First Considerations for the Drive to South America

Here are essential things you MUST consider before starting this journey, in my order of perceived importance.

Darien Gap

Did you know that no roads connect Panama to Colombia? That’s right. You must ship your car around this jungle via Roll-On-Roll-Off (RORO), or more likely a container ship. If you are not prepared to be patient enough to endure 7-14 days shipping your car 300-500 miles around the Darien Gap, then do not even think about driving to South America. The Darien Gap alone is the single most significant deal breaker for many travelers considering this endeavor.

Language Barrier

Obviously, the better you speak Spanish, the more fulfilling experience yours will be. I feel that mine was that much more adventurous because hardly anyone understood me and I hardly ever understood anyone. But I would have still preferred being able to speak the Spanish language better. I had a 6 year gap between 3 years of High School Spanish and the undertaking of this trip. I fared just ok considering I had no other training.

You may consider taking a few weeks of your trip to attend a Spanish School. A great place to do that is in Antigua, Guatemala. Known as the ‘tourist capital of Central America,’ you’ll meet more than enough travelers to feel comfortable around, and just enough Spanish speaking residents in Antigua and immediate vicinity to practice your Spanish. A typical class there runs 2-3 weeks.

Financing

This trip will not be cheap. It cost me near $10,000 for the trip alone (the 75 day trip expenses include food, housing, plane ticket, shipping the car, etc…), plus the cost to buy the car for the trip. Click here to see details behind that number.

Time

Some people set a record by driving the Pan America in its entirety in 2-3 weeks time. My trip from LA, California to Ushuaia, Argentina took 75 days, and even that felt rushed. I promised myself to go back to the Yucatan, Belize, Honduras, Ecuador, and Argentina some day. Please do not try to rush through. Be conservative in planning your trip and plan for more days on this trip than you’d think.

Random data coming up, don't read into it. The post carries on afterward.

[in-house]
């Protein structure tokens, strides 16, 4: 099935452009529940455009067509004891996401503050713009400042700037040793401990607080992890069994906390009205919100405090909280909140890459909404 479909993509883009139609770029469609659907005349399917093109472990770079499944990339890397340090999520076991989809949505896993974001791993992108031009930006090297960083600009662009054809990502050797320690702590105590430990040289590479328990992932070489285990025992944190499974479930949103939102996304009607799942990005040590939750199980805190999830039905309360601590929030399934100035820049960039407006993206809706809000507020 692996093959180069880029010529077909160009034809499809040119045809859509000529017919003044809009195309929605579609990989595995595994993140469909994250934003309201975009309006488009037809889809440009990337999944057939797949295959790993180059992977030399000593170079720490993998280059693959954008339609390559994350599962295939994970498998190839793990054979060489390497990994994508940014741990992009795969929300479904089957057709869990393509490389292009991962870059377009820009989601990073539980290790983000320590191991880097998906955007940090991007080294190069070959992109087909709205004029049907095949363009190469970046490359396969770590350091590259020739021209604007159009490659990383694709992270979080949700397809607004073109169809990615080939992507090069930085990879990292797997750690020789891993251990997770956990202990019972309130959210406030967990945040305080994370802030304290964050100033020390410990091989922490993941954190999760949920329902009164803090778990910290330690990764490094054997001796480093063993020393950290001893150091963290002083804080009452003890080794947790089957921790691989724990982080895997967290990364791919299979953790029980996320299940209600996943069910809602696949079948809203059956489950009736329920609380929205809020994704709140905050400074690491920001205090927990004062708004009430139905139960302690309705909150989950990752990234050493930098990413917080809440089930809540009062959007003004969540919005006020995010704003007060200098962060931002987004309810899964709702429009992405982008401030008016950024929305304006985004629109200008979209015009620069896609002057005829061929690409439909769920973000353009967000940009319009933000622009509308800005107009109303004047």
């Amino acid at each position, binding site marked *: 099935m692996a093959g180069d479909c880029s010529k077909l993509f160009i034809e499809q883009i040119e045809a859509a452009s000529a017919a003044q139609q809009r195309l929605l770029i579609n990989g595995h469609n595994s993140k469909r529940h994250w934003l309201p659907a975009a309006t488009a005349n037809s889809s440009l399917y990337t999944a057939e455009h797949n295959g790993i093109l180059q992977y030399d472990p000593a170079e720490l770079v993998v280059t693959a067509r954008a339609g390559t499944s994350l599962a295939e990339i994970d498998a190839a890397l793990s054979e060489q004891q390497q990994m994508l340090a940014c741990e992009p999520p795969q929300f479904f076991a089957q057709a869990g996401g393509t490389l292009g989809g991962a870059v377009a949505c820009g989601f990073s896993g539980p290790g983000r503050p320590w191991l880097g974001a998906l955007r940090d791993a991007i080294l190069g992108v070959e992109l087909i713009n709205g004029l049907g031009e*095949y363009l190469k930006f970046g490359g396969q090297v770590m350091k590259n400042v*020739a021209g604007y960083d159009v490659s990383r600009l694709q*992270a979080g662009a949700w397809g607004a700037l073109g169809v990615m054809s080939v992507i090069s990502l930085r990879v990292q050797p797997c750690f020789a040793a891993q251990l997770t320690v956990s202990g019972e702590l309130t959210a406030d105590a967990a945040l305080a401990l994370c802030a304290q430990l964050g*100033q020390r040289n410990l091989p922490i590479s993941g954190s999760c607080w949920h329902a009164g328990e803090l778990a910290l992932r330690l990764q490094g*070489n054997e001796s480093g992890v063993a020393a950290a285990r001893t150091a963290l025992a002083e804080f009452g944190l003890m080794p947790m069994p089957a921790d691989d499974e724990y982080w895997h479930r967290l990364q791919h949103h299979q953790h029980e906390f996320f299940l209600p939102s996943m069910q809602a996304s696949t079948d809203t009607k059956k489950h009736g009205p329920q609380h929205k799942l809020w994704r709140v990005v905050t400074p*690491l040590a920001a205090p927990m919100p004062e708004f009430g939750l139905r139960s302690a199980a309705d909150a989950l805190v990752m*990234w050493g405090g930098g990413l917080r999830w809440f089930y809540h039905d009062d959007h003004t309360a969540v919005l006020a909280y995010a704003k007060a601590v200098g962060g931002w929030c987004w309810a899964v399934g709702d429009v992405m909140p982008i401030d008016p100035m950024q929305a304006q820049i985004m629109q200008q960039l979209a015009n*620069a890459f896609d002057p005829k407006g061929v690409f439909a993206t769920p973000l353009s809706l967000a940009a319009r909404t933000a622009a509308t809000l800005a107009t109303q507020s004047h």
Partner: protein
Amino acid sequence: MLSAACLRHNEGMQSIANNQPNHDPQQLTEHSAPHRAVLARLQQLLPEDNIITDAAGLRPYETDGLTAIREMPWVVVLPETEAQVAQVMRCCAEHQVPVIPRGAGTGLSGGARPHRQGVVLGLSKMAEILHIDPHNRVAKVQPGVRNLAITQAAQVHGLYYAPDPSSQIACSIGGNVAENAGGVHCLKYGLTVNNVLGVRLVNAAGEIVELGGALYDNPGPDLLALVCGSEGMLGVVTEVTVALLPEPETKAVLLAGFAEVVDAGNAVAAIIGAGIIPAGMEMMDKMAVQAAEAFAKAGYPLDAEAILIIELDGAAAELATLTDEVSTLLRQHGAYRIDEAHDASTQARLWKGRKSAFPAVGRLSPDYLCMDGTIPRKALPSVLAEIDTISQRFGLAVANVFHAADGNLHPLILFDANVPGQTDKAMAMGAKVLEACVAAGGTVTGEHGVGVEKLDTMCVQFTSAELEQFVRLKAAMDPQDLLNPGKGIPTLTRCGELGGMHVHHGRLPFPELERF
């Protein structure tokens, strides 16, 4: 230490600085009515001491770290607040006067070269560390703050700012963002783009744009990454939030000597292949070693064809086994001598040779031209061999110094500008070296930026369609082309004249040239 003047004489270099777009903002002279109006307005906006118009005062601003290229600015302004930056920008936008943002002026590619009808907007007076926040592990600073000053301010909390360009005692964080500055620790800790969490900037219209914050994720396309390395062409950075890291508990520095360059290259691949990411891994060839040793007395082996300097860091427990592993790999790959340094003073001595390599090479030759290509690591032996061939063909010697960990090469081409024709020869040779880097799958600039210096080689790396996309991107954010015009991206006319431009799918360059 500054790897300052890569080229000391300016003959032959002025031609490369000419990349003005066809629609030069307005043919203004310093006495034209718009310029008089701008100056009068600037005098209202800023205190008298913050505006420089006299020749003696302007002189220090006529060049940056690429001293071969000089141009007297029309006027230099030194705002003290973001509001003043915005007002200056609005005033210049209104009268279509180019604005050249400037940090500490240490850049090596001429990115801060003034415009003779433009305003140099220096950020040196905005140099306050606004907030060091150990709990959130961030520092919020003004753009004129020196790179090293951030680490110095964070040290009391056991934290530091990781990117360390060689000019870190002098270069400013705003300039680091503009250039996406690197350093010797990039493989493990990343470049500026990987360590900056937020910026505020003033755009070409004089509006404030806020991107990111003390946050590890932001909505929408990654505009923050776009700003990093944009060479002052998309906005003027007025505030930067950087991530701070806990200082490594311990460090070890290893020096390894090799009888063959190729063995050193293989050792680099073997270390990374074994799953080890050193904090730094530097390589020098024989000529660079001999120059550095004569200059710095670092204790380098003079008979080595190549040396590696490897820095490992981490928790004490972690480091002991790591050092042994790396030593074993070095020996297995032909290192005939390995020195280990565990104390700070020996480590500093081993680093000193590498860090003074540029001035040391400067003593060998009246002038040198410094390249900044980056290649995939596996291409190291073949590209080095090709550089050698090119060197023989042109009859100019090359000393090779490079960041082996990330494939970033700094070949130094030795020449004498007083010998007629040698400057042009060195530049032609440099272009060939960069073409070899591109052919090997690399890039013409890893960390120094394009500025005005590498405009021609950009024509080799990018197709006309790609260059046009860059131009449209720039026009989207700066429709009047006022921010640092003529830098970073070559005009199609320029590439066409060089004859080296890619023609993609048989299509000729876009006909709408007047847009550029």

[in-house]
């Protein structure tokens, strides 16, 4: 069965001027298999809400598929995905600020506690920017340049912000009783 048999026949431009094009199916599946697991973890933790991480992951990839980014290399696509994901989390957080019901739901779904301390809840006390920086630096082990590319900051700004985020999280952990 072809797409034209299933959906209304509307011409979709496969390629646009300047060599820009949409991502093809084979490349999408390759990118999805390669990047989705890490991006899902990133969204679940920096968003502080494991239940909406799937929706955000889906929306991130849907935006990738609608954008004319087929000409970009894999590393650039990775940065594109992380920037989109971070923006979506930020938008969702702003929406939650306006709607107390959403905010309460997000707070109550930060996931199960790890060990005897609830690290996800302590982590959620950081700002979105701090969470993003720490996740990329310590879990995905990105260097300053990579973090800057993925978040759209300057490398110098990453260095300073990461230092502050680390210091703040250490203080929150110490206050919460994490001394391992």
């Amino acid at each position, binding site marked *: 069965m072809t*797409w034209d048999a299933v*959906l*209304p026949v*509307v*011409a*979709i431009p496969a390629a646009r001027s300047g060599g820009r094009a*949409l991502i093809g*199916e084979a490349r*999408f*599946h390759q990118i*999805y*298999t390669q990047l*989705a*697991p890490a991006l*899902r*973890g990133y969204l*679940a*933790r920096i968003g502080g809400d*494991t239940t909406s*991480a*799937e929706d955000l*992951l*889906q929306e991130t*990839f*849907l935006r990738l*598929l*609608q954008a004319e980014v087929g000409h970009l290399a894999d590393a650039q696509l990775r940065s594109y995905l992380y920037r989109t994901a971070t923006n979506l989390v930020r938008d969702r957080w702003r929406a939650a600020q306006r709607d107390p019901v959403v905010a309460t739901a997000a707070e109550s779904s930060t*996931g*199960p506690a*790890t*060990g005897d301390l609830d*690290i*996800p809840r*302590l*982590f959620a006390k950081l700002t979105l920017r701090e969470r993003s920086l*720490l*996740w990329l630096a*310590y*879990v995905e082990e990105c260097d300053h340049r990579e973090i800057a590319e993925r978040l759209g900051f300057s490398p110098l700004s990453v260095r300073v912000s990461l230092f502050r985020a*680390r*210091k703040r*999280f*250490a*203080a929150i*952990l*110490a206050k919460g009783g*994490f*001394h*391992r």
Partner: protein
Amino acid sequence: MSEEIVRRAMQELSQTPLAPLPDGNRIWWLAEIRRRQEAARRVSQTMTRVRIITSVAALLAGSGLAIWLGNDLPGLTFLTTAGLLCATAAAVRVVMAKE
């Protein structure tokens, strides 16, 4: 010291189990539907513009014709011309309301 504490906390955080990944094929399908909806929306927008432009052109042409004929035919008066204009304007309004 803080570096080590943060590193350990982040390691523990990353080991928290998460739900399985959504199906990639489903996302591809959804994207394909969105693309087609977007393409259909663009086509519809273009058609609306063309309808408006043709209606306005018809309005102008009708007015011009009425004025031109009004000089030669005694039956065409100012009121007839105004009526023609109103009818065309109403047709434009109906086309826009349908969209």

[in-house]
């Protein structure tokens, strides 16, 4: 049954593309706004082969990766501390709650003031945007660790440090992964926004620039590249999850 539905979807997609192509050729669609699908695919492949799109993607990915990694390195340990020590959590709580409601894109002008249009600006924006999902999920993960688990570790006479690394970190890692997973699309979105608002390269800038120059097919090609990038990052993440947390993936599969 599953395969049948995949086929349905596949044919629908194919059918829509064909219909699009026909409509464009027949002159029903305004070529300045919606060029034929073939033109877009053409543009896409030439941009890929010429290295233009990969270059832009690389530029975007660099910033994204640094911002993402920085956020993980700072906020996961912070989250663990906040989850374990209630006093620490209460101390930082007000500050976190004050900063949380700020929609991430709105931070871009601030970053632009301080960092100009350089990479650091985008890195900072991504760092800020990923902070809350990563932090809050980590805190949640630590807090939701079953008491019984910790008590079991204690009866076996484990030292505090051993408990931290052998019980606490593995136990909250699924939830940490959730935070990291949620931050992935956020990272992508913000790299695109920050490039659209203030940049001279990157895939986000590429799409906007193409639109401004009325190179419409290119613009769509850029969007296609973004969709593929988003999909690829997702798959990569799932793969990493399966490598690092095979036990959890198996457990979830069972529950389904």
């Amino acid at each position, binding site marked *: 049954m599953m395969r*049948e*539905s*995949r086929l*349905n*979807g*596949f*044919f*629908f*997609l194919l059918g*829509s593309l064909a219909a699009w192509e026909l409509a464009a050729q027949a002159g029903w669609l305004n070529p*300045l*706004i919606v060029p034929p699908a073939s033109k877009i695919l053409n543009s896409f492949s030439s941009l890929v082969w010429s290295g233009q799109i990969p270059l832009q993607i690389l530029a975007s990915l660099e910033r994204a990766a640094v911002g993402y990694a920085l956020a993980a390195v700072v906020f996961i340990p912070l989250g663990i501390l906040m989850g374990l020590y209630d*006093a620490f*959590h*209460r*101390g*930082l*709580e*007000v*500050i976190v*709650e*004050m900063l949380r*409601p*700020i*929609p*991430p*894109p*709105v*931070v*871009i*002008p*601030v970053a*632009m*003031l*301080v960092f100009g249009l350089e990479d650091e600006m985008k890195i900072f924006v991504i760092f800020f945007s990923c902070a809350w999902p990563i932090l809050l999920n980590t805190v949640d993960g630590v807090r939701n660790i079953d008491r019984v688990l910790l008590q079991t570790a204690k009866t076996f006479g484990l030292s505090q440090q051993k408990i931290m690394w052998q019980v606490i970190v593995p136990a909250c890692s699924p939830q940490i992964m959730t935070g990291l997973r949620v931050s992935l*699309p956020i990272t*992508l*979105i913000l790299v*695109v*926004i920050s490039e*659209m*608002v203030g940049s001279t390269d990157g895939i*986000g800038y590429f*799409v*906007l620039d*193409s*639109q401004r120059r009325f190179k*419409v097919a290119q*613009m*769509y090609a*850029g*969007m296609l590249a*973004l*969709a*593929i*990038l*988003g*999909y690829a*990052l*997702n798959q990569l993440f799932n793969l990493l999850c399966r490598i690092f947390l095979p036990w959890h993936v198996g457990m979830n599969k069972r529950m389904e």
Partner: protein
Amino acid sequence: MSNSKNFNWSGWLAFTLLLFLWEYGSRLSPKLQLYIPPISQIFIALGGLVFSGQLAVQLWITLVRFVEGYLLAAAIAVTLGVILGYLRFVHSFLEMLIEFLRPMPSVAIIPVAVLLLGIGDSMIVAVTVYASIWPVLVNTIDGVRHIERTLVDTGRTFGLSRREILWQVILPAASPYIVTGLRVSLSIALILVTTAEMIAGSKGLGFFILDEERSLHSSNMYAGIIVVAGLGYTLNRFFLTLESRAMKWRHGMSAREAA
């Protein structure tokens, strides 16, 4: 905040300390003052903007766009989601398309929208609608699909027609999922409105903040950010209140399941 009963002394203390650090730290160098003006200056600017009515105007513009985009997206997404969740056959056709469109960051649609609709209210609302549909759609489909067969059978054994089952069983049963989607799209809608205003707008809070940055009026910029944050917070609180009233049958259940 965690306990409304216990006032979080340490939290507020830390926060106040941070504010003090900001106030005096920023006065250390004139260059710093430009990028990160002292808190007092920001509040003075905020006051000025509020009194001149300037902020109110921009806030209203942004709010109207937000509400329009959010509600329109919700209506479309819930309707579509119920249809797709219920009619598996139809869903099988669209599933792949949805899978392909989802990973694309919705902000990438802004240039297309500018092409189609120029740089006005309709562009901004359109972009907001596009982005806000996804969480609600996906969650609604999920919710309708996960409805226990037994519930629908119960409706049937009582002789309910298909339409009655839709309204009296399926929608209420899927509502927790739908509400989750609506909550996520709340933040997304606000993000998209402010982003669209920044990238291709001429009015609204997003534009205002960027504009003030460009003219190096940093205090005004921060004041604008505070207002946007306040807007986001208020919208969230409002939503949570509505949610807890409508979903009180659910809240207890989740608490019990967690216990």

When you leave for the trip should more be a function of when you want to arrive. You typically want to arrive in Ushuaia between November and March, when the weather is temperate and you can even consider going on a cruise to Antarctica. I’ve heard quotes around $3000-$5000, but everyone who’s been on it has told me any apprehension you may have had prior to the trip will only make you feel that much foolish afterwards.

Mechanical Knowledge

At least the most elementary of all mechanical knowledge is required. Please visit the internal link for more information.

Getting rid of your car

Ironically, the one of the deal breakers involves getting rid of your car. Here are some options, none of which are much more enticing than others.

  • Drive it back to the United States! Remember, you gotta ship your car, though, to bypass the Darien Gap. It may be just as expensive to just ship your car back from wherever you finish your trip.
  • Selling your car in Argentina seems to be an option that no one I heard of has pursued and succeeded in.
  • Sell car in Paraguay (remember, you need a Visa) to sell your car there and fly back.
  • You may want to even ship your car back. This may be very expensive, however. Remember that you pay originating port fees as well as fees at the destination port when you go to pick up your car.
  • Sell your car for parts in Argentina.
  • Destroy your car. This is in effect what happened to my car. My engine died in Patagonia. I gave my car to a man in Rio Gallegos, and practically gave it away for free. Sign a document of “Acta de Interdiccion,” and you’ll have the proper paper work and the right stamps to allow you passage out of Argentina. The man you give the car to will own the car for as long as the tourist card on that car is still valid. The government will come take it away once it expires, however.
  • DO NOT SIMPLY ABANDON YOUR CAR ANYWAY AND ATTEMPT TO FLY BACK! Your passport will contain information pertaining to your entrance into a country with a vehicle and you WILL be stopped at the airport.

Finding a Traveling Partner

Ideally, you should travel with someone you know who can make the long trip with you. There are also forums you can look into. But it’s not an absolute necessity. Be careful if you are taking any strangers. Also, plan your trip as though you were traveling alone. I had several potential traveling parteners but I ended up having to make the trip alone.

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